American revulsion against war also took the form of isolationism, the wish to withdraw from international politics outside the Western Hemisphere. The country was swept by a wave of desire to get back to “normalcy,” as President Warren Harding phrased it.
Many Americans felt that they had done all they needed to do in defeating the Germans, and that further participation in the complexities of European politics would simply involve American innocence and virtue even more disastrously in European sophistication and vice. As the months of negotiation went on in Europe with no final decisions, many Americans began to feel that withdrawal was the only effective action they could take. The Treaty of Versailles, containing the establishment of the League of Nations, was finally rejected in the Senate on March 19, 1920.
American isolationism was also expressed in concrete measures. Tariffs in 1922 and 1930 set successively higher duties on foreign goods and emphasized America’s belief that its high wage scales needed to be protected from cheap foreign labor. The spirit of isolationism, as well as growing racist movements, also lay behind the immigration restrictions of the 1920s, which reversed the former policy of almost unlimited immigration.
The reversal was hastened by widespread prejudice against the recent and largely Catholic and Jewish immigrations from southern and eastern Europe. The act of 1924 set an annual quota limit for each country of 2 percent of the number of nationals from that country resident in the United States in 1890. Since the heavy immigration from eastern and southern Europe had come after 1890, the choice of that date reduced the flow from these areas to a trickle. Northern countries like Britain, Germany, and the Scandinavian states, on the other hand, did not use up their quotas.
Isolationism did not apply to all matters, however. The United States continued all through the 1920s to insist that the debts owed to it by the Allied powers be repaid. Congress paid little heed to the argument. so convincing to most economists, that the European nations could not repay except with dollars gained by selling their goods in the American market, and that American tariffs continued to make such repayment impossible.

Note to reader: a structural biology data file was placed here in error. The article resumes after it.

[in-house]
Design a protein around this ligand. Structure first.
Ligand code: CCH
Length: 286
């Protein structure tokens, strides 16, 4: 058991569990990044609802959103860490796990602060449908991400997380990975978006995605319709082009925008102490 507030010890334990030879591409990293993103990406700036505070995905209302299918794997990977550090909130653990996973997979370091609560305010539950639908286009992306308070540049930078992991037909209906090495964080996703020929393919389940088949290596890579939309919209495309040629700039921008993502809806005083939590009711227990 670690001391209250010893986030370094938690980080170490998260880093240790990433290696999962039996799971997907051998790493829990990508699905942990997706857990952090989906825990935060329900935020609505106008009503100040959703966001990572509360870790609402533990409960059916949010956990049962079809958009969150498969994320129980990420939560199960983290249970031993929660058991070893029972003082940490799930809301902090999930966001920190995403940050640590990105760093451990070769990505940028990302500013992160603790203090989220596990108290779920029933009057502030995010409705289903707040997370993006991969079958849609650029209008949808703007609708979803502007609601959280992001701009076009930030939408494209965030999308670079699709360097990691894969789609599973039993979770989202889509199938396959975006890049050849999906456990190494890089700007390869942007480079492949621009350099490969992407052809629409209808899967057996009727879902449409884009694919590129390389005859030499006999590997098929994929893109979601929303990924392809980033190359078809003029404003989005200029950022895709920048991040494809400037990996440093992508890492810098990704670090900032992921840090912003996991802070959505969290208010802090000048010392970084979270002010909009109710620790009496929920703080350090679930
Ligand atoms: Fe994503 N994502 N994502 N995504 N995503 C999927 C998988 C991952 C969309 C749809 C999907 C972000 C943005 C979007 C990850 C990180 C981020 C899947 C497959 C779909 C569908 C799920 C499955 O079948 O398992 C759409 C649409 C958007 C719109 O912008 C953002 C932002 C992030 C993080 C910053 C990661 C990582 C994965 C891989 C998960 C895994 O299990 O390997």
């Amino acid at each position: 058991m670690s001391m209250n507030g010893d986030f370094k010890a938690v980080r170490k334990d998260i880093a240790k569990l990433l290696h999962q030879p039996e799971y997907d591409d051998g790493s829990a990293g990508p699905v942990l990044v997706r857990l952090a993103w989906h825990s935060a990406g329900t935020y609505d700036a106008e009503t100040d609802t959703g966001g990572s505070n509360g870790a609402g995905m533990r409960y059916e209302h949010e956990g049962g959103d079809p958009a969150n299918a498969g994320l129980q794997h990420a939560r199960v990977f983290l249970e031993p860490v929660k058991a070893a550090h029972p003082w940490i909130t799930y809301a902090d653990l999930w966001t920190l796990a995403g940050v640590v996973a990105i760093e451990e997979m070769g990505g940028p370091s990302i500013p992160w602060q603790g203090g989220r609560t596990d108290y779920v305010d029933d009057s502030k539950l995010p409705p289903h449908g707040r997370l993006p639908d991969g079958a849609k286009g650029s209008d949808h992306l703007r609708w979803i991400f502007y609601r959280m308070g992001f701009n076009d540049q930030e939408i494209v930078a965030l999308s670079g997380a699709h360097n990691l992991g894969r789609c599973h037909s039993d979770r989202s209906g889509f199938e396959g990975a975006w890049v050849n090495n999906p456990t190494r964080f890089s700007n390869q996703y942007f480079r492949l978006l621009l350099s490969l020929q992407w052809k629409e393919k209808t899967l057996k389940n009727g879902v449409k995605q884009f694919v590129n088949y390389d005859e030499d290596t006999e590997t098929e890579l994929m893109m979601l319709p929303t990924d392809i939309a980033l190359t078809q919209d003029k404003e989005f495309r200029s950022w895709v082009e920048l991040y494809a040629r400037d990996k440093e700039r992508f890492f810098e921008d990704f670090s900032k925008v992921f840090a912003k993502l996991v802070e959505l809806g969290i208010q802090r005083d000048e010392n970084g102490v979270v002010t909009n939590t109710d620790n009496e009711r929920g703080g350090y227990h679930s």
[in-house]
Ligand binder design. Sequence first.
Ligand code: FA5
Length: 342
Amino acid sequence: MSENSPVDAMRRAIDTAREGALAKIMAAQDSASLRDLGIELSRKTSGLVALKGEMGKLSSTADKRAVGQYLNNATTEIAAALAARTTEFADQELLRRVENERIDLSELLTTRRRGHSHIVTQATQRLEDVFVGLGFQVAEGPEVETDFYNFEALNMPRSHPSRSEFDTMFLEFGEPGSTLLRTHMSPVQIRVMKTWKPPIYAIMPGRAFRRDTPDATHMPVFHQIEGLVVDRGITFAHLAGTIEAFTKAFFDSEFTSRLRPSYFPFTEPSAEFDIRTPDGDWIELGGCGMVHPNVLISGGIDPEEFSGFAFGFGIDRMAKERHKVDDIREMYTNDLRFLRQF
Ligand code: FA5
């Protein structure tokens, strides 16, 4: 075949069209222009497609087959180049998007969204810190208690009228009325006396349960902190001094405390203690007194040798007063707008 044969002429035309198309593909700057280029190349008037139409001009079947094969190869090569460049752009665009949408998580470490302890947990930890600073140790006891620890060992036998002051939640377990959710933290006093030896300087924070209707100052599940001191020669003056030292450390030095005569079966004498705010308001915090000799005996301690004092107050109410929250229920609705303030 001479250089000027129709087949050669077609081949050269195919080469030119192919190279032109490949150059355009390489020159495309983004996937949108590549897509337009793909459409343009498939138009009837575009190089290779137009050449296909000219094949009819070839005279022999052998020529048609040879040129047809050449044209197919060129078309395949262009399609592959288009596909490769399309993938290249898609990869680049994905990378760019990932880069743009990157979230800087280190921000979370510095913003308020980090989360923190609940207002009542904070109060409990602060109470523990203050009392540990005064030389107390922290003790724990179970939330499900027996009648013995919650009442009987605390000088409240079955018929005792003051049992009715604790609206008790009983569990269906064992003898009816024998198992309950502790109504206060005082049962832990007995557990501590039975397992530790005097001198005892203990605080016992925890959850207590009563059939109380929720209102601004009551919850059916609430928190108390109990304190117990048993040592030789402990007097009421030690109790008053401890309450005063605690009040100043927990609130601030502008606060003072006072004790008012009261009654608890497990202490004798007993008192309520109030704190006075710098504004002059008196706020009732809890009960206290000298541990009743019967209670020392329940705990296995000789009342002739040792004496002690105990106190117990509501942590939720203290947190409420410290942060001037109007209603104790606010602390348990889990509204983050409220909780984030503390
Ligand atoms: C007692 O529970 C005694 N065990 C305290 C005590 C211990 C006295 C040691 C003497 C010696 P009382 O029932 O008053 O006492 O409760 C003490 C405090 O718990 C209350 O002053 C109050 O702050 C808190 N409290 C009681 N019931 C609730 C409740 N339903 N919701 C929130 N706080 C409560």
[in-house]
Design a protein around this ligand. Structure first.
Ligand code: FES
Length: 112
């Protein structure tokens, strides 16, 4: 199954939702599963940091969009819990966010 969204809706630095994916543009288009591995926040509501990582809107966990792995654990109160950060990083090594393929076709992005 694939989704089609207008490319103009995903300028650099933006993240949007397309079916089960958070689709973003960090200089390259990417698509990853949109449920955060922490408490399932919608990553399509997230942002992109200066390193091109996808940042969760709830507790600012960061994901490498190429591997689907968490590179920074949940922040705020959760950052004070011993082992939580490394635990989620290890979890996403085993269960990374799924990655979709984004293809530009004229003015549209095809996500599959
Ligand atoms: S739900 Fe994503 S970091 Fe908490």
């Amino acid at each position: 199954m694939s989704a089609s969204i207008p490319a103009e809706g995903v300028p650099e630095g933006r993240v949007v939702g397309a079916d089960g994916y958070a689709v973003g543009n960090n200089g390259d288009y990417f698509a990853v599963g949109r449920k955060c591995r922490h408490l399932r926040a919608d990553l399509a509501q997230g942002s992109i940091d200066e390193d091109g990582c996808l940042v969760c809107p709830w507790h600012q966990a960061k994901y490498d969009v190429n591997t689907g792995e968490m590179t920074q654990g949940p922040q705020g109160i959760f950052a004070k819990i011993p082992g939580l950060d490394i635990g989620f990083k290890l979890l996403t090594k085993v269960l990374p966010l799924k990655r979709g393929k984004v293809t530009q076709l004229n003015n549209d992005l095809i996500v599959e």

Yet the United States did not withdraw entirely from international politics. Rather, as an independent without formal alliances, it continued to pursue policies that seemed to most Americans traditional, but that in their totality gradually aligned them against the rising dictatorships. In 1928 the Republican secretary of state, Frank B. Kellogg (1856-1937), proposed that the major powers renounce war as an instrument of national policy.
Incorporated with similar proposals by the French foreign minister, Aristide Briand (1862-1932), it was formally adopted that year as the Pact of Paris, commonly known as the Kellogg-Briand Pact, and was eventually signed by twenty-three nations. Although the pact proved ineffective, the fact that it arose in part from American initiative and that the United States was a signatory to it, was clear indication that even if Americans did not wish to enter into any formal alliances, they were still concerned with the problems of worldwide stability and peace.
During the 1920s the United States was hard at work laying the foundations for the position of world leadership it reached after World War II. American businesses were everywhere; American loans were making possible the revival of German industry; American motors, refrigerators, typewriters, telephones, and other products were being sold the world over.
In the Far East the United States led in negotiating the Nine-Power Treaty of 1922 that committed it and the other great powers, including Japan, to respect the sovereignty and integrity of China. When Democratic President Franklin D. Roosevelt resisted the Japanese attempt to absorb China and other Far Eastern territory, he was following a line laid down under his Republican predecessors.